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Post date: June 12 2009

Attorney General Cuomo Secures Landmark Agreement With Dominican College In Statewide Effort To Ensure Crimes On Campus Are Reported Accurately

NEW YORK, NY (June 12, 2009) - Attorney General Andrew M. Cuomo today announced an agreement with Dominican College under which the school will reform its current system of reporting on-campus crimes in order to ensure accuracy. Cuomo also issued a letter to every college and university in New York State, alerting them that underreporting crime statistics violates state law.

The agreement stems from an investigation by Cuomo’s office into a complaint that Dominican, a private institution in the Hudson Valley with nearly two thousand students, was falsely reporting its campus crime statistics relating to sexual assaults. The complaint was sparked by the on-campus sexual assault of freshman Megan Wright in 2006. Attorney General Cuomo’s investigation found that over the course of several years, Dominican had erroneously reported the number of crimes that occurred on campus in their student handbook. It also found that Dominican did not have adequate procedures in place to ensure accurate reporting.

“When a college underreports crime statistics they put their students at risk,” said Attorney General Cuomo. “Students and their families deserve an honest assessment of any potential dangers on campus, in order to protect themselves and make informed decisions regarding their own safety. Today’s agreement with Dominican is a step in the right direction, and my Office is committed to ensuring that colleges statewide take steps to ensure that their crime statistics are accurate.”

Federal law requires that colleges publish an annual report disclosing information about campus safety policies and procedures and reported campus crime statistics for the three most recent calendar years. Failure to do so accurately can constitute fraud under New York State law.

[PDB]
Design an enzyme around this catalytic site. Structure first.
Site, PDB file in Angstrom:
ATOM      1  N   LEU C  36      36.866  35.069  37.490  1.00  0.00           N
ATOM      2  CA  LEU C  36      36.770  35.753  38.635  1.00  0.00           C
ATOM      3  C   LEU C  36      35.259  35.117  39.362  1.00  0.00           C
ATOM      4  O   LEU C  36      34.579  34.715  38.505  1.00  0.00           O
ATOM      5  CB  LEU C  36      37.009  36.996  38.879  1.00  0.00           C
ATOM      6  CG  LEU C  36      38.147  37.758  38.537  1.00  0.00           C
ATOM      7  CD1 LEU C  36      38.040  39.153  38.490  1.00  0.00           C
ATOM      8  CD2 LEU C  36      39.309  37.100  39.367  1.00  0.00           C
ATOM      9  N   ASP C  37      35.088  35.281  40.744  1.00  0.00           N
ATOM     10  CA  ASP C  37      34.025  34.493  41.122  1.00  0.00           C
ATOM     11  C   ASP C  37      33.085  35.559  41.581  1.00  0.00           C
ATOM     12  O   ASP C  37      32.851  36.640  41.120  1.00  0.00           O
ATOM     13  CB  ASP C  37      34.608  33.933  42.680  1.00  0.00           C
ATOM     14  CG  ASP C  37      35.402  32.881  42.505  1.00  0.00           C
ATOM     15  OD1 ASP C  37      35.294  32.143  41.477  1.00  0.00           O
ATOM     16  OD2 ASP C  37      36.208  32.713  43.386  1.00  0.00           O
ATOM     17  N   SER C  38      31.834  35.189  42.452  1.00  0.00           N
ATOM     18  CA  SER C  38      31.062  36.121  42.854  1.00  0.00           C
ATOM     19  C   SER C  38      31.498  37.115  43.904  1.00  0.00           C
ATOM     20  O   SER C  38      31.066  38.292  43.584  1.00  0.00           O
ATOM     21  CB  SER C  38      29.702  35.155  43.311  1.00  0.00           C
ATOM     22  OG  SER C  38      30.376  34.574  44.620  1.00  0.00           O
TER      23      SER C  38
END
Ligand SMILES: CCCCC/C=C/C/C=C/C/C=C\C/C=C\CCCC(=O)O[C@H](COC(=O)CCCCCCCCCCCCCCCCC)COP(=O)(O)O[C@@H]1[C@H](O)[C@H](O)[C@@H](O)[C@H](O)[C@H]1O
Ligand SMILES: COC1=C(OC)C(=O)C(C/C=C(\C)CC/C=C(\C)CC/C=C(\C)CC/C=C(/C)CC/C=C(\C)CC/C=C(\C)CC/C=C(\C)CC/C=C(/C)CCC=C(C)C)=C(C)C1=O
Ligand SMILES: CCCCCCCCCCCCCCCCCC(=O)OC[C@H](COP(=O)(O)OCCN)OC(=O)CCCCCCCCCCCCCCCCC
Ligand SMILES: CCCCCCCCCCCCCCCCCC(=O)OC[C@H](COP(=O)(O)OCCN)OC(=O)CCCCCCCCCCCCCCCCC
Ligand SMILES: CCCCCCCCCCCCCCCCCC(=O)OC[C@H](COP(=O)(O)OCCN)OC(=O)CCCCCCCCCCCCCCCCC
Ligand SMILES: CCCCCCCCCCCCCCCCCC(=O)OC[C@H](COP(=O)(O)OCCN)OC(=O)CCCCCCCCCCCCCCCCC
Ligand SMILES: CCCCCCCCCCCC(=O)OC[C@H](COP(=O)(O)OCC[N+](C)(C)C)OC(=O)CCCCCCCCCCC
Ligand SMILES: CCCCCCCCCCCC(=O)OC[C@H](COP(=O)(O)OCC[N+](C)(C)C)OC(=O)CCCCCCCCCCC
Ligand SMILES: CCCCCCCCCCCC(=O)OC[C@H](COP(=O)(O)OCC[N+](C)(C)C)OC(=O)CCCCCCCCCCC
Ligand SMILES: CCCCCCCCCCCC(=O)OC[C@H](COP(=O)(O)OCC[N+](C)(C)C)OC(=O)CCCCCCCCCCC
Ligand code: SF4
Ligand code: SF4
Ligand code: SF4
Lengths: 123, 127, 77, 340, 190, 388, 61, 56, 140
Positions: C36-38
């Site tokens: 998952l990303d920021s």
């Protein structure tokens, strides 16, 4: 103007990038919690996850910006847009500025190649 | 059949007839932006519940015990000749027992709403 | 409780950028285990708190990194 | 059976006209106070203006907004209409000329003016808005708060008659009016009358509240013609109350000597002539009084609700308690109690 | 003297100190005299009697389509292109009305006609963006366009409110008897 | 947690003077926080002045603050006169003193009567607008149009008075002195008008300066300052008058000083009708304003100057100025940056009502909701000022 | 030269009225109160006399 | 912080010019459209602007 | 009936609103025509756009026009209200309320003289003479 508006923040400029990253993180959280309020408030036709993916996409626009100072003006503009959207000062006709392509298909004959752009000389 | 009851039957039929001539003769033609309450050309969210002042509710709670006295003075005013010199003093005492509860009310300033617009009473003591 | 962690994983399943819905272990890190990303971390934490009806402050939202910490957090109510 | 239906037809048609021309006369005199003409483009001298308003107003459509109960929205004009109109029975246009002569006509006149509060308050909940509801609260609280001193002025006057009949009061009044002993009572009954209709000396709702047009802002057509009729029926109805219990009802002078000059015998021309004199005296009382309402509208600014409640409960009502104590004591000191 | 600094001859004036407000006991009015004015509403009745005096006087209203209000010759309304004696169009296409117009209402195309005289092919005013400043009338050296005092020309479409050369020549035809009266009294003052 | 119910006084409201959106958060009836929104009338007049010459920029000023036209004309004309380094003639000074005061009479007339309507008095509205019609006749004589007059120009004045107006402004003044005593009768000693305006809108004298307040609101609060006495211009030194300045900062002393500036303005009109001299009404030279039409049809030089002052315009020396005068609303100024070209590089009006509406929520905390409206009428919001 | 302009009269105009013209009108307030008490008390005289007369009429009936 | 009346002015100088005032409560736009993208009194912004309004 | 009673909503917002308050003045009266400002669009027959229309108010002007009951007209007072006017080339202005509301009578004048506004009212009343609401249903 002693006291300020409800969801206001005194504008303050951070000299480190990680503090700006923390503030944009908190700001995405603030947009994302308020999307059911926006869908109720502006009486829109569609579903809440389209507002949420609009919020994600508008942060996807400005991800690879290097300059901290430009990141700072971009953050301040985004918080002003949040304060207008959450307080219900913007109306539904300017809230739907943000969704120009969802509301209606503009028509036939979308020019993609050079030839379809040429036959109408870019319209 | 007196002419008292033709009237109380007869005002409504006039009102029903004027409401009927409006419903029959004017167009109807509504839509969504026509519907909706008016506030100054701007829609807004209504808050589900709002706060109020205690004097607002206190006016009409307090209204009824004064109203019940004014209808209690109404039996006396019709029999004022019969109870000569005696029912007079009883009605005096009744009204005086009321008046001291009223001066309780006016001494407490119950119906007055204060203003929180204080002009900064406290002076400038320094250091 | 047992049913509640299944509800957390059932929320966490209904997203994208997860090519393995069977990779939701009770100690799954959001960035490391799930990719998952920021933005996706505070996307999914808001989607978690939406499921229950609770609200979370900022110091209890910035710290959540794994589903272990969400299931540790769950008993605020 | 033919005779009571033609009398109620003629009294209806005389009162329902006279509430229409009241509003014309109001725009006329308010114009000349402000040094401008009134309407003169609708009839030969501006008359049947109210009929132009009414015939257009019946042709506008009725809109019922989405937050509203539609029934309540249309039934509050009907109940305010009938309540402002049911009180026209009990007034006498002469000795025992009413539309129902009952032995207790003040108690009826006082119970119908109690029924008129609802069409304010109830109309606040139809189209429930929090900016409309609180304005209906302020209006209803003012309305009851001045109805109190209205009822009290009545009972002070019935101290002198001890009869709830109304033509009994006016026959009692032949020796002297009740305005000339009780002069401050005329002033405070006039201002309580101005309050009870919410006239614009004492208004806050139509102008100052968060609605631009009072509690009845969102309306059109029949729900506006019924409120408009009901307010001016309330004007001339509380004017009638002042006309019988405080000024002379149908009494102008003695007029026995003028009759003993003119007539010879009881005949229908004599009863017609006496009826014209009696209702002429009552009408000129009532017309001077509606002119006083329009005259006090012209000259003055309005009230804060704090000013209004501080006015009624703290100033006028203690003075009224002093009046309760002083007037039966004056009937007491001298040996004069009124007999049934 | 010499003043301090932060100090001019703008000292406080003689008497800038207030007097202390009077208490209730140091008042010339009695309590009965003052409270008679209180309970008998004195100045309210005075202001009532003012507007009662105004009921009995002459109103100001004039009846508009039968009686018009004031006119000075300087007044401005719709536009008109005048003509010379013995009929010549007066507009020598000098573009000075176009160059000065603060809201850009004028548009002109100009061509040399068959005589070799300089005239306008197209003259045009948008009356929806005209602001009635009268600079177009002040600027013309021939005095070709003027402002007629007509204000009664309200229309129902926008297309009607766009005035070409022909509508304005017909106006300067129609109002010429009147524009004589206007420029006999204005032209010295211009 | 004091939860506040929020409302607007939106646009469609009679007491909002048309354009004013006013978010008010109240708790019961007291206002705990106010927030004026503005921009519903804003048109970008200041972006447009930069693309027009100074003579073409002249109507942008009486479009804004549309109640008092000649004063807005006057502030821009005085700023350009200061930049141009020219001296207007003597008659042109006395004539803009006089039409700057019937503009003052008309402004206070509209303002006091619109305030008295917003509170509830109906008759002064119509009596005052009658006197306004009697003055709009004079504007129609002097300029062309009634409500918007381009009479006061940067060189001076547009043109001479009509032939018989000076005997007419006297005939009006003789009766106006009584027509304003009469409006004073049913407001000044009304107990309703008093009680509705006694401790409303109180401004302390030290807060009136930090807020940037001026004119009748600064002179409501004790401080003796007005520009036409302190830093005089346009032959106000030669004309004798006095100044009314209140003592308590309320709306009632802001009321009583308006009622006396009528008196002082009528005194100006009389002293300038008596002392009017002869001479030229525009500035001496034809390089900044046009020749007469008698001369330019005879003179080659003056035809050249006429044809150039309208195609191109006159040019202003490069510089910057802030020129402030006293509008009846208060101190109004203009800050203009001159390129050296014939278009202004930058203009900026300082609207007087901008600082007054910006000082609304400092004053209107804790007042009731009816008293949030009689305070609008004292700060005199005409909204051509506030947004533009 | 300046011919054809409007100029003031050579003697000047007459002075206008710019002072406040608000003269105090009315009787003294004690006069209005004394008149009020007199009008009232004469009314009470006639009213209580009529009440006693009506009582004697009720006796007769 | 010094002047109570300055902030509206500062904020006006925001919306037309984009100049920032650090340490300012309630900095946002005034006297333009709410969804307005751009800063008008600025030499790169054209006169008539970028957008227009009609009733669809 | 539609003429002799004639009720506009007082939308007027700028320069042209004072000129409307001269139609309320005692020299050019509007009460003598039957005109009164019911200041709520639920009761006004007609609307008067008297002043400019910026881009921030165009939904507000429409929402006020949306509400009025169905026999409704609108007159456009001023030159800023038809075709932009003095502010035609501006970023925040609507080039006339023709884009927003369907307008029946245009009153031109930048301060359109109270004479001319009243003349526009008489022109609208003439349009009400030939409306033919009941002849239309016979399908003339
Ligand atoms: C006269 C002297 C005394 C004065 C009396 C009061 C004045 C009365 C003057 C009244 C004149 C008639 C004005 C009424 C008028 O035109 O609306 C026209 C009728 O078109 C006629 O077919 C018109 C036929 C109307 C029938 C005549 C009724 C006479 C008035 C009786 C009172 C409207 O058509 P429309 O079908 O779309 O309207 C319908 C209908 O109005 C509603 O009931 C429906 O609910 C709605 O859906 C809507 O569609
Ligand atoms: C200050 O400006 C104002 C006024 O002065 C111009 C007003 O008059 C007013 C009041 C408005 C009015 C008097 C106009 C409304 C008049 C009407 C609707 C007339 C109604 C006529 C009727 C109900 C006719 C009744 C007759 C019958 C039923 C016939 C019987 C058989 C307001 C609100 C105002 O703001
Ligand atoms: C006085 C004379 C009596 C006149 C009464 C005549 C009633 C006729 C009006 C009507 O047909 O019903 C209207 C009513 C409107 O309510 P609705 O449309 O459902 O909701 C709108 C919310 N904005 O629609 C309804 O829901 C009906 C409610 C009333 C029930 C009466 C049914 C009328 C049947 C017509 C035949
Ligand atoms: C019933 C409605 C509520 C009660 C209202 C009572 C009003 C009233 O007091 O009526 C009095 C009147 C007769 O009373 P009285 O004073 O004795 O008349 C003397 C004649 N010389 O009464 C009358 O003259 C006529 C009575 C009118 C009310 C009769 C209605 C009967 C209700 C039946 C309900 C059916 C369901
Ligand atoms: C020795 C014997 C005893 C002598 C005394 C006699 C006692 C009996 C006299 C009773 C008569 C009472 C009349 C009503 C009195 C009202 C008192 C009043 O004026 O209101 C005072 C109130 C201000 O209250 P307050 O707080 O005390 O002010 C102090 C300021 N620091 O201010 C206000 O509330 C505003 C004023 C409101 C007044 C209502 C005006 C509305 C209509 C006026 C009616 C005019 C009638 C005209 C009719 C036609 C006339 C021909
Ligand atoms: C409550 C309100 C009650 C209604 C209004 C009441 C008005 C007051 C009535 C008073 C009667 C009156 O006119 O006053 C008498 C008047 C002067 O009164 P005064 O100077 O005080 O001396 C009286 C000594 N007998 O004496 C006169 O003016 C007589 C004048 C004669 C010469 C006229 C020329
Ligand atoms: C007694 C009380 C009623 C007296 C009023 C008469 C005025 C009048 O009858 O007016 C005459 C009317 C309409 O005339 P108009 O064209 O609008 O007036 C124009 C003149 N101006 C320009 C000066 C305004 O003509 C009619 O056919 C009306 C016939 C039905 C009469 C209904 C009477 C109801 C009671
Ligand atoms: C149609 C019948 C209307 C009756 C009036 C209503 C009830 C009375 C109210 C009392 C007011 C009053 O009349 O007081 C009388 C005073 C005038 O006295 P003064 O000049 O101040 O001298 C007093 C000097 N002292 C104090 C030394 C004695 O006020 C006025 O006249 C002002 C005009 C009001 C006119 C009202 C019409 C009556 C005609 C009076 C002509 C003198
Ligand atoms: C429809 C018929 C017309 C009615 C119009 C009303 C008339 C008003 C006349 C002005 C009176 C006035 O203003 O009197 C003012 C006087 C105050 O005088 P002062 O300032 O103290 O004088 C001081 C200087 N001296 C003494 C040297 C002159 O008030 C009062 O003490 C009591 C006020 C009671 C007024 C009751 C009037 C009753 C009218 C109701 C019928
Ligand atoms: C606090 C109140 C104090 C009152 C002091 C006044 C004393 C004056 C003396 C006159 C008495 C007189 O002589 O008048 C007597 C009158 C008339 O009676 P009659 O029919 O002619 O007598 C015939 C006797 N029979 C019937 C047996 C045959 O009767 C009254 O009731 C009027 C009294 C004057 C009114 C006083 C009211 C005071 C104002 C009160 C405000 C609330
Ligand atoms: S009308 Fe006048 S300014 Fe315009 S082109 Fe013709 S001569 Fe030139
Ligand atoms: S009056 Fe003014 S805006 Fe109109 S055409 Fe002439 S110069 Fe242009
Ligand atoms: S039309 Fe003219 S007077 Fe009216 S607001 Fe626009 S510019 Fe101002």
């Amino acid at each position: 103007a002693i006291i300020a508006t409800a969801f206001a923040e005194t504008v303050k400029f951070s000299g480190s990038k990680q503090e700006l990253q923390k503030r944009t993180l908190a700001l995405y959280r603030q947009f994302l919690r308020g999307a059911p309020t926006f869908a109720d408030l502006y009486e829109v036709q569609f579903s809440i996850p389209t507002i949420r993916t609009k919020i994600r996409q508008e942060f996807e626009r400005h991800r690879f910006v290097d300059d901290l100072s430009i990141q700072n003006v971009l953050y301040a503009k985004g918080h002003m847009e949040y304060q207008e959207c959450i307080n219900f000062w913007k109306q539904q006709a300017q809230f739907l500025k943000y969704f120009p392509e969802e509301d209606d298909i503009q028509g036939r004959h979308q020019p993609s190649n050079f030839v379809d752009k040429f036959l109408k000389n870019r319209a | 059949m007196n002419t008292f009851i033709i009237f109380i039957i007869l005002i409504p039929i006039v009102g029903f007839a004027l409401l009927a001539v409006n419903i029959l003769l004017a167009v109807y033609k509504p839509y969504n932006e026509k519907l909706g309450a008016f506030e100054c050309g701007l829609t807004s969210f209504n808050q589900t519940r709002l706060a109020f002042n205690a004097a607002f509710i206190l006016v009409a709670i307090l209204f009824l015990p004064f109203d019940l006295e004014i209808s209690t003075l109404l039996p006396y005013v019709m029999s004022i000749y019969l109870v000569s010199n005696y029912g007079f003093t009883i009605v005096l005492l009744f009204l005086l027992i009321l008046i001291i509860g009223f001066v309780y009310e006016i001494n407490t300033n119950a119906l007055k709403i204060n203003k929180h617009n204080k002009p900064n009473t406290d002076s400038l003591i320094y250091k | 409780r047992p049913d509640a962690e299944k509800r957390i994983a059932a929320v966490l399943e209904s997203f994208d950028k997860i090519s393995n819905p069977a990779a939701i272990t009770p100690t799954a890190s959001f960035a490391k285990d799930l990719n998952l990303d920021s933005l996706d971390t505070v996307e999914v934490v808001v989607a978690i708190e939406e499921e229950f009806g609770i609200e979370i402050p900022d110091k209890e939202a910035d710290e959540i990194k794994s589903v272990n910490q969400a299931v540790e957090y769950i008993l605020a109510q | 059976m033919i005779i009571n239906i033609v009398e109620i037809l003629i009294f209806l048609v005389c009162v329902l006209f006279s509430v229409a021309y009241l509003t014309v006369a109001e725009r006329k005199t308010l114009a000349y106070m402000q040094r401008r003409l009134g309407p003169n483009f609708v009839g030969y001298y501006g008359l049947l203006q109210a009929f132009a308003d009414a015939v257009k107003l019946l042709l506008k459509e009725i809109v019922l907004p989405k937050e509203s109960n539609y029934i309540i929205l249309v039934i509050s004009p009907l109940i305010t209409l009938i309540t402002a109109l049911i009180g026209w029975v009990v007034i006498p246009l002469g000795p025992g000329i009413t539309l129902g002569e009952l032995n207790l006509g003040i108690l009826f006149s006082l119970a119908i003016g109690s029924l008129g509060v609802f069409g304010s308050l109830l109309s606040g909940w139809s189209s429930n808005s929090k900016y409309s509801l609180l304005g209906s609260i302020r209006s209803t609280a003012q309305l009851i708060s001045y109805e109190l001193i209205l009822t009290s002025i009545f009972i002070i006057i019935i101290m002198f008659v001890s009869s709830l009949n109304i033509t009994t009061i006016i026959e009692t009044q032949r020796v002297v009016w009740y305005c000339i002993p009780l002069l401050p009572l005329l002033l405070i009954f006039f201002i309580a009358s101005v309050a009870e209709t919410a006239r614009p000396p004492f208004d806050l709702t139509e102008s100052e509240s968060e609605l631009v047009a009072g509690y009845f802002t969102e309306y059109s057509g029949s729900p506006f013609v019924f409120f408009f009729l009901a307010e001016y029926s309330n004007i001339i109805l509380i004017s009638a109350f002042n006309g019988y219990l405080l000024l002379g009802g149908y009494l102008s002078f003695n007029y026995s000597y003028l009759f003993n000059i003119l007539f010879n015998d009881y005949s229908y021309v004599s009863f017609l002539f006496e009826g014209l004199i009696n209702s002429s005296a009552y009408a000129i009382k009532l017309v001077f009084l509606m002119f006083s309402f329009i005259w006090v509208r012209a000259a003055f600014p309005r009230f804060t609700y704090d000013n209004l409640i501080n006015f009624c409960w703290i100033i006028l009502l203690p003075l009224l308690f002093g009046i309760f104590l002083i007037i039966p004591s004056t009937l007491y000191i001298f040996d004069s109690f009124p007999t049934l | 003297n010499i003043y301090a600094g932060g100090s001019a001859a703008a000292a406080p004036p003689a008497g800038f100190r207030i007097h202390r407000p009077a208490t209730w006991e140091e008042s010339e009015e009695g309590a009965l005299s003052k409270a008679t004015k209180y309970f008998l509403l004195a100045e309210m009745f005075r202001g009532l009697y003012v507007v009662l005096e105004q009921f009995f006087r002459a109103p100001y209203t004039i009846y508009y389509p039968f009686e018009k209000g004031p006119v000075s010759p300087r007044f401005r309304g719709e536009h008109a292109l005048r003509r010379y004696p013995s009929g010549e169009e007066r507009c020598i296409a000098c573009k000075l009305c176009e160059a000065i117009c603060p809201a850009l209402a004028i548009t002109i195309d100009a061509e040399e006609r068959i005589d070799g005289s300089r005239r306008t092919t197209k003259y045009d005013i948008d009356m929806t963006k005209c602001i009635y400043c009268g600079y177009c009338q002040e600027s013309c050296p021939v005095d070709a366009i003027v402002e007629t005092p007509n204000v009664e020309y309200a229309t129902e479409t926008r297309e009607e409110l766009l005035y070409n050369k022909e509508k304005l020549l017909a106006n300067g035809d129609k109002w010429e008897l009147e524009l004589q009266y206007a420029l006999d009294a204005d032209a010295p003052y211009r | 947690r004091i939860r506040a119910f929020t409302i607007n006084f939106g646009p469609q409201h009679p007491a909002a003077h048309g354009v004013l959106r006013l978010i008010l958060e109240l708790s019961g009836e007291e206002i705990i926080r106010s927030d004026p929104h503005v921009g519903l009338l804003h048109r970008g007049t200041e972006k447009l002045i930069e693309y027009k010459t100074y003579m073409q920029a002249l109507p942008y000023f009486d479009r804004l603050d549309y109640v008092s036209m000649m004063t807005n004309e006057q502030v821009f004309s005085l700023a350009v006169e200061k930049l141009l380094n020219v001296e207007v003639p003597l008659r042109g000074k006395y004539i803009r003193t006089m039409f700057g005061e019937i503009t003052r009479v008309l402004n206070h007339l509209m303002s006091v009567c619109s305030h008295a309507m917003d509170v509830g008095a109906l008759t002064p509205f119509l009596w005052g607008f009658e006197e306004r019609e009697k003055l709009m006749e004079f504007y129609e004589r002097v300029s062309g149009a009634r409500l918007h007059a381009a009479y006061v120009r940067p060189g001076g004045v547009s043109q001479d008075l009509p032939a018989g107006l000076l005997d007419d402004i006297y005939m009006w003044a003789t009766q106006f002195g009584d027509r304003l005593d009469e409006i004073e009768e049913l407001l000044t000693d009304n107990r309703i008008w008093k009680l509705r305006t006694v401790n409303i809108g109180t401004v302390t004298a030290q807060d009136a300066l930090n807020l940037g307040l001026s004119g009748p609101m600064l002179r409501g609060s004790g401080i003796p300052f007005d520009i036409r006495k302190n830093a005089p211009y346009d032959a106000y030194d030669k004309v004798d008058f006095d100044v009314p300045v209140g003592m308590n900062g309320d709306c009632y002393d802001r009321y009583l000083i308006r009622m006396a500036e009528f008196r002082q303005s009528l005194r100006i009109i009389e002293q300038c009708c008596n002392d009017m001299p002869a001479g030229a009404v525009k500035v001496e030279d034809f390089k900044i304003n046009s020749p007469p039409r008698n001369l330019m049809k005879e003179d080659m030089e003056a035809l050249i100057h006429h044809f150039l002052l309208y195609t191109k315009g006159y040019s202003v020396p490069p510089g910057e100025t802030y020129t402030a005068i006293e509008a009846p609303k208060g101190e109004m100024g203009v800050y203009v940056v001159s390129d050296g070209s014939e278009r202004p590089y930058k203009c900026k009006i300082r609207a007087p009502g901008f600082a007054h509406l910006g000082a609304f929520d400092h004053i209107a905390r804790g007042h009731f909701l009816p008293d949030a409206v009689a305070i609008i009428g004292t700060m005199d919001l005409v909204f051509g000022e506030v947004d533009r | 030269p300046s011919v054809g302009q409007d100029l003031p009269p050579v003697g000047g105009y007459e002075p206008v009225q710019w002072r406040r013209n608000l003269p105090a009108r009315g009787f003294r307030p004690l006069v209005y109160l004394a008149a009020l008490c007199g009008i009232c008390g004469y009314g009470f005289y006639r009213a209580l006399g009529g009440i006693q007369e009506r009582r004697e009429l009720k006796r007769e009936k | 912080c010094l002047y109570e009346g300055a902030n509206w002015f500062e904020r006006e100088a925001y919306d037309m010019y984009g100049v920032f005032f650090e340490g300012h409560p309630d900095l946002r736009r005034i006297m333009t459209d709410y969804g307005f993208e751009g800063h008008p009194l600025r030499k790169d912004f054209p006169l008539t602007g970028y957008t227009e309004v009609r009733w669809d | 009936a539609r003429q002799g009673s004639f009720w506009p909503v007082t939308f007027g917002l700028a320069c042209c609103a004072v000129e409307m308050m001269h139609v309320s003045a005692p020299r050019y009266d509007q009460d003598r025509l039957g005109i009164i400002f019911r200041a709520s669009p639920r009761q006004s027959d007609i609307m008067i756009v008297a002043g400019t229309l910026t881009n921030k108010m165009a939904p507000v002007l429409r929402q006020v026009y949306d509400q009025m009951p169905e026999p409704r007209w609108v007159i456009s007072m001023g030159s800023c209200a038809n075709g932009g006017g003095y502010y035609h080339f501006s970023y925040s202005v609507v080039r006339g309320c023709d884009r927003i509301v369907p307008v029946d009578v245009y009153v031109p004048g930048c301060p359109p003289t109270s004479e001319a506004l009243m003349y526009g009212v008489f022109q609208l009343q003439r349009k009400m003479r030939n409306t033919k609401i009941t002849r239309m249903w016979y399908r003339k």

The agreement executed with Dominican College requires the school to make the following reforms, as well as pay $20,000 to New York State:

  • Require all employees responsible for campus security to attend a training program regarding crime reporting issues including the classification and definition of crimes, the collection of crime reports, timely warning requirements and annual disclosure requirements;
  • Designate officials to oversee and coordinate the collection of all campus crime reports to ensure that they are properly categorized and maintained to create an accurate crime report;
  • Designate officials to ensure that crime statistics are accurately published in the annual campus crime report; and
  • Designate an official who is responsible for ensuring that grievance procedures are in place for students.

In the wake of this investigation, the Attorney General’s Office issued a letter to every college and university in the State of New York advising them that failure to accurately report campus crime statistics violates New York law.

Jonathan Kassa, Executive Director of Security on Campus, Inc., a national non-profit campus security organization dedicated to the prevention of campus crime, said: “We thank Attorney General Cuomo for taking this very meaningful step to ensure that all students in New York are informed about the safety of their college campuses. Parents sending their children to school have a right to know whether the environment is safe, and young people who are leaving home, in most instances for the first time, should be accurately informed about the safety of their school. We commend the Attorney General for highlighting this important issue for all parents, students, schools and public agencies.”

This case is being handled by Bureau Chief for Civil Rights Alphonso B. David, Counsel for Civil Rights Spencer Freedman, and Assistant Attorney Generals Sudarsana Srinivasan and Kayla Gassmann of the Civil Rights Bureau.


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